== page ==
• Supporting waste and rubble removal and providing households and public institutions with sustainable energy systems. 


The way forward

In addition to the immediate response after the blast, UNDP is introducing an urban recovery plan which reflects the vision and aspirations of the residents of Karantina. With a neighborhood diagnosis, a recovery vision, and action plans to realize the vision, the plan focuses on interventions at different levels, ranging from community engagement, rehabilitation of public facilities and services, to the transformation of public spaces. Owned by the local community of Karantina, it can serve as the strategic foundation for all stakeholders, partners and UN agencies to achieve sustainable recovery and transformation. By the end of 2022, the urban recovery plan is expected to be fully implemented in Karantina, with the prospect of becoming a key tool for a coordinated multi-stakeholder response and collaboration across blast-affected areas in Beirut.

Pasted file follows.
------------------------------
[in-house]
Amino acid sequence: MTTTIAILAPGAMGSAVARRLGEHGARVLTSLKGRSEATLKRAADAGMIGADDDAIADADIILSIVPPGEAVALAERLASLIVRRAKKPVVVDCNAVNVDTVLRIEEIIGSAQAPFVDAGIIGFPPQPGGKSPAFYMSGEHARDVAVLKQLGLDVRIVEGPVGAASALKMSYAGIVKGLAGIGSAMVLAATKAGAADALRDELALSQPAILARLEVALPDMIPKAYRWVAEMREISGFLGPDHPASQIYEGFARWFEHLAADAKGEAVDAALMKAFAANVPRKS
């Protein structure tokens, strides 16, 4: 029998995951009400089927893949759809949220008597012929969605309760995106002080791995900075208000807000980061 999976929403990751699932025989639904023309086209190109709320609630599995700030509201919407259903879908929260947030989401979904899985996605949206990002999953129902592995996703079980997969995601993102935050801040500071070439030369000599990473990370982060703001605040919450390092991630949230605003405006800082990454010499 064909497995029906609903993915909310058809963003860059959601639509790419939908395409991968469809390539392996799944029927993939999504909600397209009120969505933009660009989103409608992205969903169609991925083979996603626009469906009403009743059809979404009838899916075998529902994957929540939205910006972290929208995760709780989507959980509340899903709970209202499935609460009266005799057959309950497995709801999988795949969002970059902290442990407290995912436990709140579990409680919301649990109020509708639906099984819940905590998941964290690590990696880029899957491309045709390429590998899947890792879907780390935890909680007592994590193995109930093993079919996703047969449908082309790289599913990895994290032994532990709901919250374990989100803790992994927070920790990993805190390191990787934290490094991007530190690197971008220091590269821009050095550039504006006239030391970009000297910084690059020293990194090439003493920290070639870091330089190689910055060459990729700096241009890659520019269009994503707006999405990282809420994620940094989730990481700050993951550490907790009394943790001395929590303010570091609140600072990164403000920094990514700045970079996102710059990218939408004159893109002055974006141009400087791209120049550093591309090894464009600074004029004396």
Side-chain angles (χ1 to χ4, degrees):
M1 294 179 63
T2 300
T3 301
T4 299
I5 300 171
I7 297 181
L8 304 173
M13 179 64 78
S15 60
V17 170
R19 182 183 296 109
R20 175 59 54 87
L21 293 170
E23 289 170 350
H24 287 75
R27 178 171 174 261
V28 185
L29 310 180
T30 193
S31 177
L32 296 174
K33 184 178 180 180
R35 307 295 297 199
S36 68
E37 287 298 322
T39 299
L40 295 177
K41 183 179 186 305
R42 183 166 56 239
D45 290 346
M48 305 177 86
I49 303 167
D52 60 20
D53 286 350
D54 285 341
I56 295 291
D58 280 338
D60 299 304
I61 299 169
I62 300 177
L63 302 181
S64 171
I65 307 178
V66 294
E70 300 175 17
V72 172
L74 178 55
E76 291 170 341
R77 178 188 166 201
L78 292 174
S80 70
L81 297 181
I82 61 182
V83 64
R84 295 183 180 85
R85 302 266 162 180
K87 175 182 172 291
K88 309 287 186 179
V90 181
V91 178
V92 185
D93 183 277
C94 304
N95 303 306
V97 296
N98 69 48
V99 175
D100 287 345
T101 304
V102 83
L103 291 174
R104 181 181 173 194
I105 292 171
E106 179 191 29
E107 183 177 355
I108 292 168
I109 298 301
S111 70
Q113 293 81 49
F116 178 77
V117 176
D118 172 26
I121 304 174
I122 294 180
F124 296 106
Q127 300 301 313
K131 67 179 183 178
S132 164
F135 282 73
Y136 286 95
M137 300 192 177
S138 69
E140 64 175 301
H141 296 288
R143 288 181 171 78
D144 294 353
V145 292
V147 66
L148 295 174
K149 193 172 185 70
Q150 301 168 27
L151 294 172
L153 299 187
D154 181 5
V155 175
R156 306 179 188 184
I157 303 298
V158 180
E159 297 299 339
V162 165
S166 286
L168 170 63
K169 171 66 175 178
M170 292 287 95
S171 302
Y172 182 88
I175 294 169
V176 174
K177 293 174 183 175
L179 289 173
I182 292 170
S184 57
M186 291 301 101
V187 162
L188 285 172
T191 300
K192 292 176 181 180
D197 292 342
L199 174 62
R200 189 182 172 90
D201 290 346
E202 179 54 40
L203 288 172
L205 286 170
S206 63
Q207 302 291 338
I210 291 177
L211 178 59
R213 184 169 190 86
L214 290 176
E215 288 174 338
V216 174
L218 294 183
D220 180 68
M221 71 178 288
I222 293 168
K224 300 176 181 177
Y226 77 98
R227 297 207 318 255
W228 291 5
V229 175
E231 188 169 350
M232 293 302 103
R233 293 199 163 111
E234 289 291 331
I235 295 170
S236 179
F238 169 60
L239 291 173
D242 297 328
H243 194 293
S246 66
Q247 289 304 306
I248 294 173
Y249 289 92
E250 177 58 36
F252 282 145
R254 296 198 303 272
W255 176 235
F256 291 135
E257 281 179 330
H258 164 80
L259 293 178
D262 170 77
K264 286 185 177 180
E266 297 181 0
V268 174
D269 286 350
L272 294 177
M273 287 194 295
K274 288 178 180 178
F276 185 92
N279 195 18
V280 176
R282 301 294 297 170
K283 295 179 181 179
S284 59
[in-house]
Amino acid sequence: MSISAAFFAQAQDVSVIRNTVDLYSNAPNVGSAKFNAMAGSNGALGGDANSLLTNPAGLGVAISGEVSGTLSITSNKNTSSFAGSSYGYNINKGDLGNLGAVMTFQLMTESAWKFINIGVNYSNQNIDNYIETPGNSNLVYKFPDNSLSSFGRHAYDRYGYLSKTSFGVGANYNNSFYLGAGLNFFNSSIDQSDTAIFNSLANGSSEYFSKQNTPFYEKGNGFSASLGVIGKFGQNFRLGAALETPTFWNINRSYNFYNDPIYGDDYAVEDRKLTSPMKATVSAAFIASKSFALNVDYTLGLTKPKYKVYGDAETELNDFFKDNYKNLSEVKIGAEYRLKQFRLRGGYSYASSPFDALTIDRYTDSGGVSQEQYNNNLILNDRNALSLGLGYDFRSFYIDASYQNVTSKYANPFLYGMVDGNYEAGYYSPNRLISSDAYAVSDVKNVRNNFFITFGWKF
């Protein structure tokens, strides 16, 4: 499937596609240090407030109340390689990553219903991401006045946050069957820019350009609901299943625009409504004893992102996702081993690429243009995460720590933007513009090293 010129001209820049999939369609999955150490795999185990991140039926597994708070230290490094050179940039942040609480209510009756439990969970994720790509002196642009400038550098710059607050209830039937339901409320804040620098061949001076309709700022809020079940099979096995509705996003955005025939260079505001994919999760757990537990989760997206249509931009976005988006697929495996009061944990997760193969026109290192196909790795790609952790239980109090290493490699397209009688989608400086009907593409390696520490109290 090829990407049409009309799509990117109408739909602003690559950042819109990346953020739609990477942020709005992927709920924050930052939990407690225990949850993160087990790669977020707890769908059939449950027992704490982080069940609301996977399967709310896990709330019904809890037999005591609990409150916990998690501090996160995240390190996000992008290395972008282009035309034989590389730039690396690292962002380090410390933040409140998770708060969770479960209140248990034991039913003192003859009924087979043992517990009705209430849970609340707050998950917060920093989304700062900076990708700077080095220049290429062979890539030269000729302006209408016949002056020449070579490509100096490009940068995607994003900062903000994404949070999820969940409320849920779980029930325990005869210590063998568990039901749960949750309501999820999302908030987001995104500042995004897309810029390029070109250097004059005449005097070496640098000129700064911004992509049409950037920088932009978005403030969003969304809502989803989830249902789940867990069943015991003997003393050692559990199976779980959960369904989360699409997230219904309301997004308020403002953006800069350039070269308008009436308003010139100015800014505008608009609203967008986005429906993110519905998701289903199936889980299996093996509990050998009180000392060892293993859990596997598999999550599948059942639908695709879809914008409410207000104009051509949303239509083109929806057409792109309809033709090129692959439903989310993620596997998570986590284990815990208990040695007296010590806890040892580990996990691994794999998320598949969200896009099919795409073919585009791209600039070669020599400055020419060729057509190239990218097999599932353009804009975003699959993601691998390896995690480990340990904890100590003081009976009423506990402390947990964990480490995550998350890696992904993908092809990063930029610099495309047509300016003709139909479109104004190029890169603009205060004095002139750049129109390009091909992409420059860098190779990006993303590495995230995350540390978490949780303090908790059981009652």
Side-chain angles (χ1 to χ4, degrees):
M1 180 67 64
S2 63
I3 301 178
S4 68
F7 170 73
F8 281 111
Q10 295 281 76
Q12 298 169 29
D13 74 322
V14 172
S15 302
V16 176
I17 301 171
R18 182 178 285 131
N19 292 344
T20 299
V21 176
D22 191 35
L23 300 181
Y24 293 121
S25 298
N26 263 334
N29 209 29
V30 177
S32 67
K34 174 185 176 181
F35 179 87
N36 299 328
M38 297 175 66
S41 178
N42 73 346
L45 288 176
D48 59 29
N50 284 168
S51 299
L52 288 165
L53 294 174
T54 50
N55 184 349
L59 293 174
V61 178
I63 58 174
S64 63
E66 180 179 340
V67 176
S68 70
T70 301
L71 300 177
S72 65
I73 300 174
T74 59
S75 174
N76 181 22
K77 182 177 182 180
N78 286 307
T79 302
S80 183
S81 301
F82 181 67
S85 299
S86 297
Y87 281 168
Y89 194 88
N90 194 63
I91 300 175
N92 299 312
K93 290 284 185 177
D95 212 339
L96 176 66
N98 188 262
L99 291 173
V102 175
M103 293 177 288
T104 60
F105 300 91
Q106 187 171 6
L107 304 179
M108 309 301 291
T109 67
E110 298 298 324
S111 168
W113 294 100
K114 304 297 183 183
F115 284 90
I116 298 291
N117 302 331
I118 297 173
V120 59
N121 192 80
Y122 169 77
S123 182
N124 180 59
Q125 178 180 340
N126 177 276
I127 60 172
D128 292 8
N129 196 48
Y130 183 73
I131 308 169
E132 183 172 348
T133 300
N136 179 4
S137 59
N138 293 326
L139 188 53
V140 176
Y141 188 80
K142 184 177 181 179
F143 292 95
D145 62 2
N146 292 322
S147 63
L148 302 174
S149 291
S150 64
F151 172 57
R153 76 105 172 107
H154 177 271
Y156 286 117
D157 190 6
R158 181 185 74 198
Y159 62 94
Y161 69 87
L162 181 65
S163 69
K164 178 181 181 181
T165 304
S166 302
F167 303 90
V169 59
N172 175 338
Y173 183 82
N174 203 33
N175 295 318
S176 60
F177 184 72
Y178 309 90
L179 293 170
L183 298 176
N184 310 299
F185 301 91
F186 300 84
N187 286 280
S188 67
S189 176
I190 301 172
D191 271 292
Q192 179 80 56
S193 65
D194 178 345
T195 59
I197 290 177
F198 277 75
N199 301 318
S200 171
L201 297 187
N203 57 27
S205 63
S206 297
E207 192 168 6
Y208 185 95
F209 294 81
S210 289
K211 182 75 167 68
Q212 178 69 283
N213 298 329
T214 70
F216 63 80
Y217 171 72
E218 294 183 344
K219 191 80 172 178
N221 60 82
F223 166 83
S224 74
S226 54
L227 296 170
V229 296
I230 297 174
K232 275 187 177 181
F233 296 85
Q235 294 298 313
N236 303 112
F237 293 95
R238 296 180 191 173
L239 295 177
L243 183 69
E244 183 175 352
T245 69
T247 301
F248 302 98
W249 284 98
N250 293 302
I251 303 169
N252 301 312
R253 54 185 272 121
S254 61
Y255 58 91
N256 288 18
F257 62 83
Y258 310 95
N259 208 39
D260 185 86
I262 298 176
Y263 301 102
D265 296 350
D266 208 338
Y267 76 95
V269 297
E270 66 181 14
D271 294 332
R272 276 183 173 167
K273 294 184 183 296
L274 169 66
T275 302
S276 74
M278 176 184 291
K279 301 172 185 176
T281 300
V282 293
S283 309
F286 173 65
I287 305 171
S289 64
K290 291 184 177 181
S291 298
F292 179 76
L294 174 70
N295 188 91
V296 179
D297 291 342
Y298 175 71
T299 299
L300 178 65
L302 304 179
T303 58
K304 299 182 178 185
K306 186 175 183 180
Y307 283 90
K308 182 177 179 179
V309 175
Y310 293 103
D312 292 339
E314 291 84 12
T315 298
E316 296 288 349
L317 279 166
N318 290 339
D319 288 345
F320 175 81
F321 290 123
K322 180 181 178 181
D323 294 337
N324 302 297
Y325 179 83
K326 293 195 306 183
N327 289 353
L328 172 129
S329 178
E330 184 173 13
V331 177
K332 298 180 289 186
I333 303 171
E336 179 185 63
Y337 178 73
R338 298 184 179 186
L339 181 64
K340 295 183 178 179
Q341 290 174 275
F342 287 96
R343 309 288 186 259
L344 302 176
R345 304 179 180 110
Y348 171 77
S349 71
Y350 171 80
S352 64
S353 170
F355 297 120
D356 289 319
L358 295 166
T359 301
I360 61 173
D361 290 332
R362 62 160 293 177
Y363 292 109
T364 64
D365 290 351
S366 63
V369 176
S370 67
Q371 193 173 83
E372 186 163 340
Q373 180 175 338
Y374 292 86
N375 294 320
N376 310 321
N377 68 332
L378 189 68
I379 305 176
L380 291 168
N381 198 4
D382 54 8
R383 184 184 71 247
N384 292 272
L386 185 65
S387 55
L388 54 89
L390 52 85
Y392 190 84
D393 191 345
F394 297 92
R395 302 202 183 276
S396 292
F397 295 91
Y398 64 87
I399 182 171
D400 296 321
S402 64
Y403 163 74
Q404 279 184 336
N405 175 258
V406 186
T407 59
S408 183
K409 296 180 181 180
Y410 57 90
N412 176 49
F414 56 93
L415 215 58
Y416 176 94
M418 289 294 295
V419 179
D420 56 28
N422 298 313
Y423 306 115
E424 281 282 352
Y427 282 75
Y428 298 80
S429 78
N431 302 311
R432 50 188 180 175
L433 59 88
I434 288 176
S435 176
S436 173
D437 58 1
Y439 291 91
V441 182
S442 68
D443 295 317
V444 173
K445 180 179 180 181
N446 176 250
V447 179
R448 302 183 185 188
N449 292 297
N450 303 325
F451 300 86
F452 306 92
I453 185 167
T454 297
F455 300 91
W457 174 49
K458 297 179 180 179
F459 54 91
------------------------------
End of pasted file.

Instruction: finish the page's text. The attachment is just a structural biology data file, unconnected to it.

What we have done

TRACK 1: Support immediate priority needs in Karantina
TRACK 2: Support the development and implementation of Karantina's Urban Recovery Plan and expand the approach to other blast-affected neighborhoods. 
 

Our approach to urban recovery

Area-based: Based on an integrated approach that takes into consideration the multi sectoral needs of the affected population.

Evidence-based: Based on and informed by our "Leave no One Behind" report, our innovative data management, and partnership with the American University of Beirut's Urban Lab.

Aligned with Lebanon's Reform, Recovery, and Reconstruction Framework (3RF), in particular Track 1 "people-centered recovery".

Inclusive: Based on the strong role and active participation of the community, with focus on women and the most vulnerable populations.
 

Download Factsheets: 
A new way of working 
Leaving no one behind in Beirut's Karantina

 
Key areas to the response